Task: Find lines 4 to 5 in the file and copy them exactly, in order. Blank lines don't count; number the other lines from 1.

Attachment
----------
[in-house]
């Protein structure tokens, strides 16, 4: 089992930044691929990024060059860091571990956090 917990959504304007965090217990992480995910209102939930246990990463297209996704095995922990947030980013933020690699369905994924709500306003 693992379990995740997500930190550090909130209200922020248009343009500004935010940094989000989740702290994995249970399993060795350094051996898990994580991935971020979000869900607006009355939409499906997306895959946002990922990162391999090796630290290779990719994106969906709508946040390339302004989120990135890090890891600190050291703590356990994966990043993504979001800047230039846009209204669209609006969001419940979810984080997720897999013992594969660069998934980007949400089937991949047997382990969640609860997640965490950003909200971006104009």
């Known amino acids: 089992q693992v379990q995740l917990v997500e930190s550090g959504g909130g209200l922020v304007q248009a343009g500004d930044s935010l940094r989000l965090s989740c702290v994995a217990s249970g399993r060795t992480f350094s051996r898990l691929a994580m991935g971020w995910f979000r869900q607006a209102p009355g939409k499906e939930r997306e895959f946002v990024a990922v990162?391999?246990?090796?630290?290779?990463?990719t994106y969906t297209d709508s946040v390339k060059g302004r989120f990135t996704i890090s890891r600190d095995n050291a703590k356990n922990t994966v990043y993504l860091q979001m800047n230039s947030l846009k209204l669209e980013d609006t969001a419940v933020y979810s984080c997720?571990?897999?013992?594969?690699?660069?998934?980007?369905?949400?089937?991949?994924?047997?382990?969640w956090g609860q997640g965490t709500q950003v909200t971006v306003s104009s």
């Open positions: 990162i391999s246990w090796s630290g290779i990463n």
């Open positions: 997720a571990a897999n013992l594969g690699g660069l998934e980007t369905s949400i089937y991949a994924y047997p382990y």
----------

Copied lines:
């Open positions: 990162i391999s246990w090796s630290g290779i990463n």
């Open positions: 997720a571990a897999n013992l594969g690699g660069l998934e980007t369905s949400i089937y991949a994924y047997p382990y």